Arts London Review Singapore Theatre

★★★★☆ Review: IMAGO by Travis Clausen-Knight and James Pett

Capturing the beauty and pain of love gone bad.

If the pandemic is anything to go by, nothing good should be taken for granted, and it’s likely, never lasts forever. In psychoanalysis, the term ‘imago’ refers to an unconscious idealized mental image of someone, which influences a person’s behaviour. Using this definition as a starting point, UK dancers Travis Clausen-Knight and James Pett attempt to portray the breakdown of a toxic relationship through dance, in IMAGO.

Streaming online as part of the 2022 M1 Singapore Fringe Festival, IMAGO begins with two characters in a blank white room, a single white plinth in the background with a bunch of flowers atop it. Sean Pett’s music is pulsating, vibrating as Travis, then James arrive onstage. Both donning crisp suits, one imagines the initial formality of two people meeting, as they begin to dance with one another, learning the rhythm of each other’s movements and bodies, as they come into sync and drift apart to represent the ebb and flow of a new relationship.

But the performance seems to take a dark turn, as the music shifts to Concerto No. 4 for Violin Strings and Continuo in F Minor, from Vivaldi’s Winter segment in The Four Seasons, and Travis is left alone, his movements distressed and rapid, almost exhausting with how fast he moves. The two dancers suddenly seem to be vying for power and control, and as the music rises, the relationship too seems to become increasingly violent, as Travis seems almost dragged by James at times.

Turning our attention to James’ character’s side of the story, he performs a solo to Tchaikovsky’s The Sick Doll, falling to his knees and stretching himself into beautiful, seemingly impossible positions. James’ body is light, malleable, and ethereal as he lifts himself by the hands, precariously balancing atop a plinth. One wonders if this is the truth, or simply the idealised version of his partner that Travis is imagining in his head.

Segueing into Mozart’s Piano Sonata No. 12, it feels that the relationship has taken a significant turn, signified by the dancers moving the plinths to almost form obstacles in their path. A new set of flowers is brought in, and we wonder if after the violence of the previous scenes, it represents some kind of apology, or hope for reconciliation. Yet it is clear that their bond has been strained, as the music abruptly distorts without warning, and the dancers are no longer as in sync as before, while the green light feels almost sinister with how much tension is in the air. The amount of physical contact they share increases, and for a moment, they’re together again, the notion of happiness just on the horizon.

As the piano picks up the pace, the volatility of the relationship returns, and we become aware of how fractured both dancers have become in their relations. They remove their blazers, and it seems that the formality of the start is now lost, their real selves plain to see in the yellow light, perhaps symbolising the twilight of the relationship, with the romance all but gone, and a single lonely flower remaining on a plinth. James grabs and pulls and desperately wants Travis back, but it feels as if Travis is no longer as invested as before, either limp or resisting, perhaps no longer possessing as much trust in him as before.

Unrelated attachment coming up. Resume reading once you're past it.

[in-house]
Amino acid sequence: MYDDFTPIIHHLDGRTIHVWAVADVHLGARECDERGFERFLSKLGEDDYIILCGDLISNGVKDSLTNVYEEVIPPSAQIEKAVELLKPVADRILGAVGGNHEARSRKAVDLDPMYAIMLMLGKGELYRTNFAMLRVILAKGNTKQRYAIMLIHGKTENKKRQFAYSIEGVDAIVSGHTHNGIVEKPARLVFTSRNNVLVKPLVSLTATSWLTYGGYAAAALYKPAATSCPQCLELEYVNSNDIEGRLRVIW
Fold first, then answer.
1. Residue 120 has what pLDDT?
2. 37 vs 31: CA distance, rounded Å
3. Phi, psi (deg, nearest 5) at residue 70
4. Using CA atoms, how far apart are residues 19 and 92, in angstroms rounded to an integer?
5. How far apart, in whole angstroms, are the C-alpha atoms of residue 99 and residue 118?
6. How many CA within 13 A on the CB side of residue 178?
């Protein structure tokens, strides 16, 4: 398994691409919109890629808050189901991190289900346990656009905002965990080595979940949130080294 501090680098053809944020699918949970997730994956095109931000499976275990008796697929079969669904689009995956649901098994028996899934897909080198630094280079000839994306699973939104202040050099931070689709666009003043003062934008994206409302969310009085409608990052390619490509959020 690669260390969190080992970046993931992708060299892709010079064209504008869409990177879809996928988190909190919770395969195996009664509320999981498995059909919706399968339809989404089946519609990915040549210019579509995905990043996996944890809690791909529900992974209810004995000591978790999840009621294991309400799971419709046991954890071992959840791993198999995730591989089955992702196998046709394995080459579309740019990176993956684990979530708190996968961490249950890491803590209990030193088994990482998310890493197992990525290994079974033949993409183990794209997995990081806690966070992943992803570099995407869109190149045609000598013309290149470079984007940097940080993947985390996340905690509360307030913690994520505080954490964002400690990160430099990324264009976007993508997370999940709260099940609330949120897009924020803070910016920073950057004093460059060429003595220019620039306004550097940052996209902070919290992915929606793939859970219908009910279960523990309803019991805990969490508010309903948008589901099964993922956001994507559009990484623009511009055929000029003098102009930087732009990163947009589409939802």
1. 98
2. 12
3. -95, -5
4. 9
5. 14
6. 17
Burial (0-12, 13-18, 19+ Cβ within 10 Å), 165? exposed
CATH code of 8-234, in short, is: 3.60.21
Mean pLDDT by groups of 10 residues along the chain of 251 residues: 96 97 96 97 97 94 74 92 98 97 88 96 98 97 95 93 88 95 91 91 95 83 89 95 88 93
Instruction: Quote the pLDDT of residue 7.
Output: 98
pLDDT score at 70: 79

In the final segment, we hear Mercy by Max Richter, a composer best known for his emotionally devastating tracks, and the room is filled with soft white light. One might even describe it as heavenly, if not for our knowledge of what has transpired before. Travis and James now seem to be in a recovery phase, both halves of the relationship broken beyond repair, but trying to take things back to how they were anyway. There is a tenderness to it all, as they lift each other, showcasing a degree of care, and almost but not quite embracing. As the violin rises, we realise there are no more flowers in the room, and the love has been all but erased. Whether this is an idealised version of what could have been, or the sad reality of two people who have finally fallen out.

In the pre-recorded post-show explanation, Travis and James explain the rich use of symbolism throughout the piece, where the plinths represent the architecture of the relationship, while the flowers hold their own special language. And with IMAGO, whether one understands the subtle symbolism or not, we are reminded of how every couple has their own secret language, one that is understood only by each other.

From this, we imagine that in spite of all the tragedy, IMAGO is in fact, a hopeful piece that suggests some kind of recovery by its end. Yes, the struggle and hurt is real, but it is only through the pain that one is finally snapped back to reality, and realises the toxicity of the environment all around. If trapped in a toxic relationship, regardless of how much others tell you to leave, it is only when you yourself see the signs pointing you to your own flawed view of the relationship that you can finally save yourself, step aside, and begin your road to recovery.

Photo Credit: Erminando Alia

IMAGO streams online from 12th to 23rd January 2022 as part of the 2022 M1 Singapore Fringe Festival. More information available here

The 2022 M1 Singapore Fringe Festival: The Helpers runs from 12th to 23rd January 2022. Tickets and full line-up available here

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